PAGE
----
The poet Keats wrote, “I have been half in love with easeful Death,” and I go, “No way! Really? Me, too!”

I can’t remember a time when I was afraid of death. Lest you think I’m just begging to get my bluff called, let me tell you that I came within a few minutes of checking out from anaphylactic shock–hope that’s spelled correctly, ’cause the spell check hasn’t got a clue–and I wasn’t afraid then, either.

People who aren’t afraid of death scare a lot of people, which is one reason why Goth stuff freaks so many people out. It makes sense that it does–if you aren’t afraid of death, maybe you aren’t tied strongly enough to life. Maybe you don’t respect life. Maybe you don’t respect other people’s lives. Those fears are understandable, but usually overblown.

I’ll admit, though, that I’ve had times when I’ve been a lot more distressed about living than I’ve ever been about dying. When I reached a point at which I felt the pull of the restful dark was much, much stronger than the pull of the kaleidescope of living, I went and Talked to Somebody.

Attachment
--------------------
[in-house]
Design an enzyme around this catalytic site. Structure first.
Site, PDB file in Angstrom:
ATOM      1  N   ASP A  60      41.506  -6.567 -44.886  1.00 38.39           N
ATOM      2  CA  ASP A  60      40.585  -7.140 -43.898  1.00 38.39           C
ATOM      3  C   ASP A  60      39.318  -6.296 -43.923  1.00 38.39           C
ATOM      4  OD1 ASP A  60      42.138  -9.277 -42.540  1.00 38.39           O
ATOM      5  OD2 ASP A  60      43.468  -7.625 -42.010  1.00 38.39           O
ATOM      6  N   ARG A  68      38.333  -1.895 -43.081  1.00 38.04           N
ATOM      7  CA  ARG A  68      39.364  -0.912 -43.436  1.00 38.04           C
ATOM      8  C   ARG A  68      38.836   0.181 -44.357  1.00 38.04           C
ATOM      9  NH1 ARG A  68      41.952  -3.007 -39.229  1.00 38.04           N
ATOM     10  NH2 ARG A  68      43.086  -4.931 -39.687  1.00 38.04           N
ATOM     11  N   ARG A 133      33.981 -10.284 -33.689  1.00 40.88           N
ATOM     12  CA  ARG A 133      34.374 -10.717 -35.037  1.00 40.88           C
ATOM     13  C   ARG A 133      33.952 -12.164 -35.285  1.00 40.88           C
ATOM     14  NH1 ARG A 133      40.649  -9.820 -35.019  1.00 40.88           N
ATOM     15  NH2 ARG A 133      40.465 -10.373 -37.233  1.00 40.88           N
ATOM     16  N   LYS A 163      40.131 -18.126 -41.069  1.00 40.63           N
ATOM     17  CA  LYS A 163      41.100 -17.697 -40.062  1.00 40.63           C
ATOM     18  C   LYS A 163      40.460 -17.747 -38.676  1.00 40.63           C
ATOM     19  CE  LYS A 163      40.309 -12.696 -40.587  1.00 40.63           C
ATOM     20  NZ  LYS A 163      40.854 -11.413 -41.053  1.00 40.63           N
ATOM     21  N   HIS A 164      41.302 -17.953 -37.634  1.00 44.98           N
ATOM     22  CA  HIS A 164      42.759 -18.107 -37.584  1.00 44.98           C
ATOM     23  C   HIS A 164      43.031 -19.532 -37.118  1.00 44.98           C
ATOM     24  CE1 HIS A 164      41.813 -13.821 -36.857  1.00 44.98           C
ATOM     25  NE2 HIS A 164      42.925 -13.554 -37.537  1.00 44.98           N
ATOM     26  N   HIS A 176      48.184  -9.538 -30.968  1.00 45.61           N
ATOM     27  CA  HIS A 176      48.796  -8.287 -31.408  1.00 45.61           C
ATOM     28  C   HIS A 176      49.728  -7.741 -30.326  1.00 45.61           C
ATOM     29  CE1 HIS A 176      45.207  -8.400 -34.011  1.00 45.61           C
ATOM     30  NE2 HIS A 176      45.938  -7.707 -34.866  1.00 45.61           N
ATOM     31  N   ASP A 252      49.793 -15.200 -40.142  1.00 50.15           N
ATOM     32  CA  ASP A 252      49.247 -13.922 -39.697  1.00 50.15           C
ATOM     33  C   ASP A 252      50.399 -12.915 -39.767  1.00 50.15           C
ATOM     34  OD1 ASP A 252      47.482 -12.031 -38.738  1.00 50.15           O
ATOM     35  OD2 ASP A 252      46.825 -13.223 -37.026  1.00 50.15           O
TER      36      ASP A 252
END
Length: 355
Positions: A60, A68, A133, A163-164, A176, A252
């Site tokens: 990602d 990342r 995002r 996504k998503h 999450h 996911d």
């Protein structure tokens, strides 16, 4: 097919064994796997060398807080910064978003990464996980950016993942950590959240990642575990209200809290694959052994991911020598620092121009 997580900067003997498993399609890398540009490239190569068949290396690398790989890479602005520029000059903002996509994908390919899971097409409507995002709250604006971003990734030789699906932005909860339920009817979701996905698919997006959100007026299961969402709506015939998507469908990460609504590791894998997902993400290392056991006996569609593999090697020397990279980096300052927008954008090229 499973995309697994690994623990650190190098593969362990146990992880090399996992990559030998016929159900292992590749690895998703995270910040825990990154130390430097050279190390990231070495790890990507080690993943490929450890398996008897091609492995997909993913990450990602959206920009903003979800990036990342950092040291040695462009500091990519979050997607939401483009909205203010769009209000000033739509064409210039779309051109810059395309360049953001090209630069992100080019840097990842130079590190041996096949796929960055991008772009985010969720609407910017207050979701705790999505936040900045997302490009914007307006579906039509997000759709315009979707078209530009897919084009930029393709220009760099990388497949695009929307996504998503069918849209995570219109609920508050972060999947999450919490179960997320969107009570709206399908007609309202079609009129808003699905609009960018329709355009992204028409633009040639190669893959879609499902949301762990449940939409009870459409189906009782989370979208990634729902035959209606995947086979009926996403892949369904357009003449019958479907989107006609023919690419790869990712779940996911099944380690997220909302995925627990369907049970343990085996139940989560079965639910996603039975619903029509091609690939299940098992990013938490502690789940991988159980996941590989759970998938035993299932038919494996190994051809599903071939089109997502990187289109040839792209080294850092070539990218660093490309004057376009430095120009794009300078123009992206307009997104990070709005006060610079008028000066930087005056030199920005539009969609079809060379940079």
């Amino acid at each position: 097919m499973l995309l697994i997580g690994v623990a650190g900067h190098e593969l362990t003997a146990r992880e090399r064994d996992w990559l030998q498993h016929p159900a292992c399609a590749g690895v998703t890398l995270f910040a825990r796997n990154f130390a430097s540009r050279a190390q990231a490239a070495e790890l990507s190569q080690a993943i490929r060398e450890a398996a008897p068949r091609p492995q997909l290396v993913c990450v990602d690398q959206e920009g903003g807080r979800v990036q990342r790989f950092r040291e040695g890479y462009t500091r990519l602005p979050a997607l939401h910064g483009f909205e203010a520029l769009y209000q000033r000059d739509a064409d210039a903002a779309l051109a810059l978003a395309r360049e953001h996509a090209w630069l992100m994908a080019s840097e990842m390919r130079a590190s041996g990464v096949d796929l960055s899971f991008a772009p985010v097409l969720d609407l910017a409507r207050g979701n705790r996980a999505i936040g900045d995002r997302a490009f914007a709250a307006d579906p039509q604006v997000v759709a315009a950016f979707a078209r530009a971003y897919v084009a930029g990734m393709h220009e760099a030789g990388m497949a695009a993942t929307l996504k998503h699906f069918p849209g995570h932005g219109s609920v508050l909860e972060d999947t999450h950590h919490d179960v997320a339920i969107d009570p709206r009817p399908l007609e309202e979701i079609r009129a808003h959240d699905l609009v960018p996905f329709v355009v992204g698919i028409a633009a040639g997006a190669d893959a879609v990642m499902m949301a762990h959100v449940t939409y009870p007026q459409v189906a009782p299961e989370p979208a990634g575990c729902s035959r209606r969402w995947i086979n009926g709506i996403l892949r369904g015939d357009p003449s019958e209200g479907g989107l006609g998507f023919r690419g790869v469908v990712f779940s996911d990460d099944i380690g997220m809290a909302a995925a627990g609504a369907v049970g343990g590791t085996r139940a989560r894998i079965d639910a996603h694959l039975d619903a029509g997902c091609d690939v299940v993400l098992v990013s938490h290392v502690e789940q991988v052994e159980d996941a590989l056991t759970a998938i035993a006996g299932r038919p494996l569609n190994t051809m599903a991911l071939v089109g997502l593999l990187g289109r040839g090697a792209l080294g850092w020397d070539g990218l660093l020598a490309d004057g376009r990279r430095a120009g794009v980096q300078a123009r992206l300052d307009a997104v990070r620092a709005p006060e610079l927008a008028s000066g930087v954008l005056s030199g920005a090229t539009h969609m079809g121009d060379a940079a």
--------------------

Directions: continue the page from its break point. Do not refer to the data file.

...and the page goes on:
She gave me a project that’s been a rich joy ever since: She told me to make a list of the things that made me happy. The little things, minute things, not things like elections being won by people I voted for or the people who grace my life with their presence, but things that are too small to matter… but do.

Every so often, I think I’ll post things from my list. Here is the first:

Skies as blue and clear as David McCallum’s eyes. I’ve been grooving on that since the ’60’s, when he played Ilya Kuryakin on The Man From U.N.C.L.E. The clarity and purity of those skies are truly celestial. That those qualities can show up in human eyes… here on earth, to see in a human…. That makes me want to dance.

MA

writing prompt: What color eyes makes your character feel some emotion more strongly than any other color?

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